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  • AML  (1)
  • CELL-CYCLE ARREST  (1)
  • 1
    Keywords: NF-KAPPA-B ; BREAST-CANCER ; TARGET ; MUTATIONS ; HEMATOPOIETIC STEM-CELLS ; ACUTE MYELOGENOUS LEUKEMIA ; RAPAMYCIN ; AML ; MEK INHIBITION ; CONSTITUTIVE PHOSPHORYLATION
    Abstract: In acute myeloid leukemia (AML), several signaling pathways such as the phosphatidylinositol-3-kinase/AKT and the mammalian target of rapamycin (PI3K/AKT/mTOR) pathway are deregulated and constitutively activated as a consequence of genetic and cytogenetic abnormalities. We tested the effectiveness of PI3K/AKT/mTOR-targeting therapies and tried to identify alterations that associate with treatment sensitivity. By analyzing primary samples and cell lines, we observed a wide range of cytotoxic activity for inhibition of AKT (MK-2206), mTORC1 (rapamycin) and PI3K/mTORC1/2 (BEZ-235) with a high sensitivity of cells carrying an MLL rearrangement. In vivo PI3K/mTOR inhibition delayed tumor progression, reduced tumor load and prolonged survival in an MLL-AF9(+)/FLT3-ITD+ xenograft mouse model. By performing targeted amplicon sequencing in 38 MLL-AF9(+) and 125 cytogenetically normal AML patient samples, we found a high additional mutation rate for genes involved in growth factor signaling in 79% of all MLL-AF9(+) samples, which could lead to a possible benefit of this cohort. PI3K/mTOR inhibition for 24 h led to the cross-activation of the ERK pathway. Further in vitro studies combining PI3K/mTOR and ERK pathway inhibition revealed highly synergistic effects in apoptosis assays. Our data implicate a possible therapeutic benefit of PI3K/mTOR inhibition in the MLL-mutated subgroup. Inhibiting rescue pathways could improve the therapeutic efficacy of PI3K-targeted therapies in AML.
    Type of Publication: Journal article published
    PubMed ID: 25322685
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  • 2
    Keywords: APOPTOSIS ; IN-VITRO ; TUMOR-CELLS ; BREAST-CANCER ; p53 ; DNA-DAMAGE ; CANCER-THERAPY ; CELL-CYCLE ARREST ; ARRIVE GUIDELINES ; DRUG-COMBINATIONS
    Abstract: BACKGROUND AND PURPOSE: In polychemotherapy protocols, that is for treatment of neuroblastoma and Ewing sarcoma, Vinca alkaloids and cell cycle-arresting drugs are usually administered on the same day. Here we studied whether this combination enables the optimal antitumour effects of Vinca alkaloids to be manifested. EXPERIMENTAL APPROACH: Vinca alkaloids were tested in a preclinical mouse model in vivo and in vitro in combination with cell cycle-arresting drugs. Signalling pathways were characterized using RNA interference. KEY RESULTS: In vitro, knockdown of cyclins significantly inhibited vincristine-induced cell death indicating, in accordance with previous findings, Vinca alkaloids require active cell cycling and M-phase transition for induction of cell death. In contrast, anthracyclines, irradiation and dexamethasone arrested the cell cycle and acted like cytostatic drugs. The combination of Vinca alkaloids with cytostatic therapeutics resulted in diminished cell death in 31 of 36 (86%) tumour cell lines. In a preclinical tumour model, anthracyclines significantly inhibited the antitumour effect of Vinca alkaloids in vivo. Antitumour effects of Vinca alkaloids in the presence of cytostatic drugs were restored by caffeine, which maintained active cell cycling, or by knockdown of p53, which prevented drug-induced cell cycle arrest. Therapeutically most important, optimal antitumour effects were obtained in vivo upon separating the application of Vinca alkaloids from cytostatic therapeutics. CONCLUSION AND IMPLICATIONS: Clinical trials are required to prove whether Vinca alkaloids act more efficiently in cancer patients if they are applied uncoupled from cytostatic therapies. On a conceptual level, our data suggest the implementation of polychemotherapy protocols based on molecular mechanisms of drug-drug interactions. LINKED ARTICLE: This article is commented on by Solary, pp 1555-1557 of this issue. To view this commentary visit http://dx.doi.org/10.1111/bph.12101.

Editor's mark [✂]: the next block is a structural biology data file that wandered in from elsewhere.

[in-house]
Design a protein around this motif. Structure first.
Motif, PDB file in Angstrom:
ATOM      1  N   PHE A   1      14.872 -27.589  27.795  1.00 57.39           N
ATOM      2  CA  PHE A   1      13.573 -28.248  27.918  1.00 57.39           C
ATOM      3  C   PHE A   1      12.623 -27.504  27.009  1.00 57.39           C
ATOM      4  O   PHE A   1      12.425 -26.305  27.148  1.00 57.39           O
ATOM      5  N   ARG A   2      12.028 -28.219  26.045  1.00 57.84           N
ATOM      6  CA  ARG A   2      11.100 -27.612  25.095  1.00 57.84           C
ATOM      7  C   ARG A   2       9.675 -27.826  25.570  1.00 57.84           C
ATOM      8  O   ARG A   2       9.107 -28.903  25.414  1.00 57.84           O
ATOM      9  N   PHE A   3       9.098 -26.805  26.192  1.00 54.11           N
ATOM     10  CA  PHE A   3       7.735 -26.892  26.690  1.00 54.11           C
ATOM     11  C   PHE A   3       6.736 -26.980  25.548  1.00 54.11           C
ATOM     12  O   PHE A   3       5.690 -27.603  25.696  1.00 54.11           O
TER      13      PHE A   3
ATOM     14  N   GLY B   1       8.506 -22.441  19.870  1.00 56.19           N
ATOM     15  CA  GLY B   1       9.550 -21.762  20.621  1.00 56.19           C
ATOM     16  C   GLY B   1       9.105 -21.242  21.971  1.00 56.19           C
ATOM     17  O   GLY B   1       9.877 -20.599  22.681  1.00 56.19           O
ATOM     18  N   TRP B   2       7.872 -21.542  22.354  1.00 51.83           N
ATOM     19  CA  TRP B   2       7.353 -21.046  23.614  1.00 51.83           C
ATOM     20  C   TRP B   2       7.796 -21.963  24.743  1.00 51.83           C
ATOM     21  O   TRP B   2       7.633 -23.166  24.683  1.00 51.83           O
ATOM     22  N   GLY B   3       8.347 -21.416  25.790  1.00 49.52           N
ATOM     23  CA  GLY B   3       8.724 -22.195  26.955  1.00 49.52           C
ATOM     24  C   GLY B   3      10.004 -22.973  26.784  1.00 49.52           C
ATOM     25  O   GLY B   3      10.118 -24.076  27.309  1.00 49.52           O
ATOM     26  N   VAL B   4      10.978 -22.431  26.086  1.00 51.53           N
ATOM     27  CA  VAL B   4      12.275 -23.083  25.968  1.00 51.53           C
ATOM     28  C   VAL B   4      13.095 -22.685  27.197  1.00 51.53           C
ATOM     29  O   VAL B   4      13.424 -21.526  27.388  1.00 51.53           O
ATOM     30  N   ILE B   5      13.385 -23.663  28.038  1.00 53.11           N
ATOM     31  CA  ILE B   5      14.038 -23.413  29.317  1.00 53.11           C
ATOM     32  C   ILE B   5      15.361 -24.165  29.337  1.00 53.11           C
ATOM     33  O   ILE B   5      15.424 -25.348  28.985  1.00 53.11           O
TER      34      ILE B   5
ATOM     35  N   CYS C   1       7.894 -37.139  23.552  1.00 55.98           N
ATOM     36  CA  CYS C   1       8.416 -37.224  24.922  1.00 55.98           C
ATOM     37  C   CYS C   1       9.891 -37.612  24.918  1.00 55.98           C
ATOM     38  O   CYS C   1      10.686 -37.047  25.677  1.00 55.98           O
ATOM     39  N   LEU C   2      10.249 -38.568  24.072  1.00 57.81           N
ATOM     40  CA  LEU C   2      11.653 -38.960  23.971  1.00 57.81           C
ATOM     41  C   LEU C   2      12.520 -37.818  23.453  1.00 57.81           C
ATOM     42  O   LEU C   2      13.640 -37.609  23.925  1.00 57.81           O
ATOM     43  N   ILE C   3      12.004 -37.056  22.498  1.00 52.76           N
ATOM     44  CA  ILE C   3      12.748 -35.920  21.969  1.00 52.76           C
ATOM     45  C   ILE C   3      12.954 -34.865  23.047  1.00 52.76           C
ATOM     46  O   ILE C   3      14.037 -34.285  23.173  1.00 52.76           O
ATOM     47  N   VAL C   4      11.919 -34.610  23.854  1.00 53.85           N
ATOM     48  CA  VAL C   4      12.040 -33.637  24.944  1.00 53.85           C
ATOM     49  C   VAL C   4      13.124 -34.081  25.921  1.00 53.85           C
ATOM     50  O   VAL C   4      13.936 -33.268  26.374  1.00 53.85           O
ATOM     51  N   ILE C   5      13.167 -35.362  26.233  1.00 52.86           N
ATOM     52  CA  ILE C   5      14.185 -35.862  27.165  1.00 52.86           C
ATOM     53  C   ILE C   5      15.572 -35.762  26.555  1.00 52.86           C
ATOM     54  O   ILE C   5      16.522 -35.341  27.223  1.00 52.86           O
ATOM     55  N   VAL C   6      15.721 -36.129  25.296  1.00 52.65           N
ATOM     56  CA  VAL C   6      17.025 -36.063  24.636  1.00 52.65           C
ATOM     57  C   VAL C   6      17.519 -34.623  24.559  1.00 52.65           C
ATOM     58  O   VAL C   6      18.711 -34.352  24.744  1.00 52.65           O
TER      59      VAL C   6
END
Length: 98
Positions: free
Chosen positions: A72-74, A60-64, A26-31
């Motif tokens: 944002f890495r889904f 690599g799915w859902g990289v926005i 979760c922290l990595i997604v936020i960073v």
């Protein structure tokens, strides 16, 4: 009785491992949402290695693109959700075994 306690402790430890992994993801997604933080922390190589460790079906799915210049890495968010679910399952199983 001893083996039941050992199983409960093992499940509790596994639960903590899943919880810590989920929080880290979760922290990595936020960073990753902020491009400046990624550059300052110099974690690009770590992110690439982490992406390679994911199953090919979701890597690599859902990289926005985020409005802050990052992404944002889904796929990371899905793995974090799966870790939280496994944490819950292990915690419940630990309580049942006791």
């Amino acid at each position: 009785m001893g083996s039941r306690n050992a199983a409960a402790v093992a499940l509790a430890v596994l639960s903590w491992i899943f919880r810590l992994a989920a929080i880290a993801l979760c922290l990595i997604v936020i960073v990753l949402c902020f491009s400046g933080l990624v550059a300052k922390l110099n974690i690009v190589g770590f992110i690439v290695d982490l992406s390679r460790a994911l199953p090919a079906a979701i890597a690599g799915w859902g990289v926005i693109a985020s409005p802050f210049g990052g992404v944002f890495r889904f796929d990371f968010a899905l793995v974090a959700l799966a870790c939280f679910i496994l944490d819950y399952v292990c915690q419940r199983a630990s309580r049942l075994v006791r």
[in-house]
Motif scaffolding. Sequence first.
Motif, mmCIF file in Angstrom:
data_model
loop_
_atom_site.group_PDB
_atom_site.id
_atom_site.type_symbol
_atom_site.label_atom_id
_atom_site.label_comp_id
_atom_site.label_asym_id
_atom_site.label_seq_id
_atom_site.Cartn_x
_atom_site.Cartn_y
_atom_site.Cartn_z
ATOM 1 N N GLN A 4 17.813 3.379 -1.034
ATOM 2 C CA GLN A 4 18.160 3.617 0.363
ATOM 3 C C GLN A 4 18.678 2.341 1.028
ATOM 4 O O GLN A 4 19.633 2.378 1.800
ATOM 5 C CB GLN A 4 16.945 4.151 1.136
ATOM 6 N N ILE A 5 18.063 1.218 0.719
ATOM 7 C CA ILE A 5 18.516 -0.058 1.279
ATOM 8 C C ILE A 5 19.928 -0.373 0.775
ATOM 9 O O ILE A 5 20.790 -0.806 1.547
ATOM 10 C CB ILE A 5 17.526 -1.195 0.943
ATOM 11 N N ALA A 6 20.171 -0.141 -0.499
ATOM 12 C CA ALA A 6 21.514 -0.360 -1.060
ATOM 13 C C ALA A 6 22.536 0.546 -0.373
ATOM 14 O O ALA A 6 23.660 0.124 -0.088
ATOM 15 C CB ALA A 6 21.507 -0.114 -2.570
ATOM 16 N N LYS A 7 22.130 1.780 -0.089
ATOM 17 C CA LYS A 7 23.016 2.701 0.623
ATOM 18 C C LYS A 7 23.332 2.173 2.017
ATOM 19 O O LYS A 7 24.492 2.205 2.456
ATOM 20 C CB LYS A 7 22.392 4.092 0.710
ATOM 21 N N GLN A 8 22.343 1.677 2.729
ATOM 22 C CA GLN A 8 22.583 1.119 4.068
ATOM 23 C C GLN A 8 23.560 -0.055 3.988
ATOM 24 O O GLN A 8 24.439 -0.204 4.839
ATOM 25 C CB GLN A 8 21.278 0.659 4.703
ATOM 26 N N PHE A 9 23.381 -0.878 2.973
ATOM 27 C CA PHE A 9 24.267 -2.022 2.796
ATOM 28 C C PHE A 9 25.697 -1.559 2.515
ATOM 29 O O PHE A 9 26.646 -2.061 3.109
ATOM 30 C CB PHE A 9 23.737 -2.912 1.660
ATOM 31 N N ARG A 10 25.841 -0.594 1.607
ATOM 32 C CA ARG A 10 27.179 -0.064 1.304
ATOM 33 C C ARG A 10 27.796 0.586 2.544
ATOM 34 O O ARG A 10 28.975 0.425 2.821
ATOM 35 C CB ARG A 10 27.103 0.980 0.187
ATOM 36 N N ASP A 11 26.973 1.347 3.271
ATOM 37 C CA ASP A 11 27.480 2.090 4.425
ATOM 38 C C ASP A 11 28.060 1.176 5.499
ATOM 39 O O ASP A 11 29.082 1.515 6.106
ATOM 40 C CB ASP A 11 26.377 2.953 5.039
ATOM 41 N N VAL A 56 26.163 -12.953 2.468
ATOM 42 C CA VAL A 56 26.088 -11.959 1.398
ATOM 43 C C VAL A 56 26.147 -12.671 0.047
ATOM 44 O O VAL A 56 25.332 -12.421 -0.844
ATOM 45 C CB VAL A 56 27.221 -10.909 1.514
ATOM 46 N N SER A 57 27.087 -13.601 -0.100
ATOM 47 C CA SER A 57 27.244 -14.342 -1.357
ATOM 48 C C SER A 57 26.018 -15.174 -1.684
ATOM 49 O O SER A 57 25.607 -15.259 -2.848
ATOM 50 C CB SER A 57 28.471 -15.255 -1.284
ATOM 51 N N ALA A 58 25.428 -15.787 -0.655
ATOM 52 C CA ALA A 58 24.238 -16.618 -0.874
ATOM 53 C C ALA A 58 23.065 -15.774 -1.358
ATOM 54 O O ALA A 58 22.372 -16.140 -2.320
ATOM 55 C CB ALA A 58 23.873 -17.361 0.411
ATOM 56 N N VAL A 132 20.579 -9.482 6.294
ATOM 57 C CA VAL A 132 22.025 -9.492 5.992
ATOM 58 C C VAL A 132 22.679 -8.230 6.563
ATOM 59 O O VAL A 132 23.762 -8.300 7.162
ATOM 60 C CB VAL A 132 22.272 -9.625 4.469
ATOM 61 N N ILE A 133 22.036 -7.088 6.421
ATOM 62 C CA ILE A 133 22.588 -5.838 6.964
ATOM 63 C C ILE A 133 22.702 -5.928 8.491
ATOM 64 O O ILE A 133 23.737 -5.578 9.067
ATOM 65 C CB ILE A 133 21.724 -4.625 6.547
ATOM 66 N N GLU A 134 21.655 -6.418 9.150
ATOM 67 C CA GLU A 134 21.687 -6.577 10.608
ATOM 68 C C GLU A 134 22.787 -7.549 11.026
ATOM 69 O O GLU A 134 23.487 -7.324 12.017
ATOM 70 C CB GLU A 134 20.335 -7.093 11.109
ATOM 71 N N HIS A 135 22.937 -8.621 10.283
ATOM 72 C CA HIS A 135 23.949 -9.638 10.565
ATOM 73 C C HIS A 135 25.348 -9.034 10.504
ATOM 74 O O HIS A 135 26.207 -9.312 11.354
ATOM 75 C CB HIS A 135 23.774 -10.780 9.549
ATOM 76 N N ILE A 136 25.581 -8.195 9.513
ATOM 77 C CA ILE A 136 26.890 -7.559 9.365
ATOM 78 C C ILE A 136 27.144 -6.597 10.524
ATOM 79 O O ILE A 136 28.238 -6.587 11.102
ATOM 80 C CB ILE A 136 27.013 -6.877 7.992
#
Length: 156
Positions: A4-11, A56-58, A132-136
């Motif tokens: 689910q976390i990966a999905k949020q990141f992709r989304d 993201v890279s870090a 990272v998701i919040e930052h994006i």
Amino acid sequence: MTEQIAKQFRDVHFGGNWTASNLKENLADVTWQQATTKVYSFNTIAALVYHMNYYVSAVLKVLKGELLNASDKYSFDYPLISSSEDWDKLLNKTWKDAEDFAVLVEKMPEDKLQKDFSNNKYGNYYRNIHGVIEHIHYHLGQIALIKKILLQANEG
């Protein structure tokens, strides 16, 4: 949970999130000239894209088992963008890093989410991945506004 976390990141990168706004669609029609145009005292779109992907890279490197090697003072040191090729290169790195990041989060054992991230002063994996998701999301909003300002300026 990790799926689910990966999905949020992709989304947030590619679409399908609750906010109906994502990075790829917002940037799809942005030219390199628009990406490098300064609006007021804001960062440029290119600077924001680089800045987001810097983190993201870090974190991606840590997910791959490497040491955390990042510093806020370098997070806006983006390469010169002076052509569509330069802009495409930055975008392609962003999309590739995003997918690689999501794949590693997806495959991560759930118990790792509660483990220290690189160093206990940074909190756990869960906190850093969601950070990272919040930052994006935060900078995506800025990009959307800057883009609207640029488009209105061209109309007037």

Type of Publication: Journal article published
    PubMed ID: 23186127
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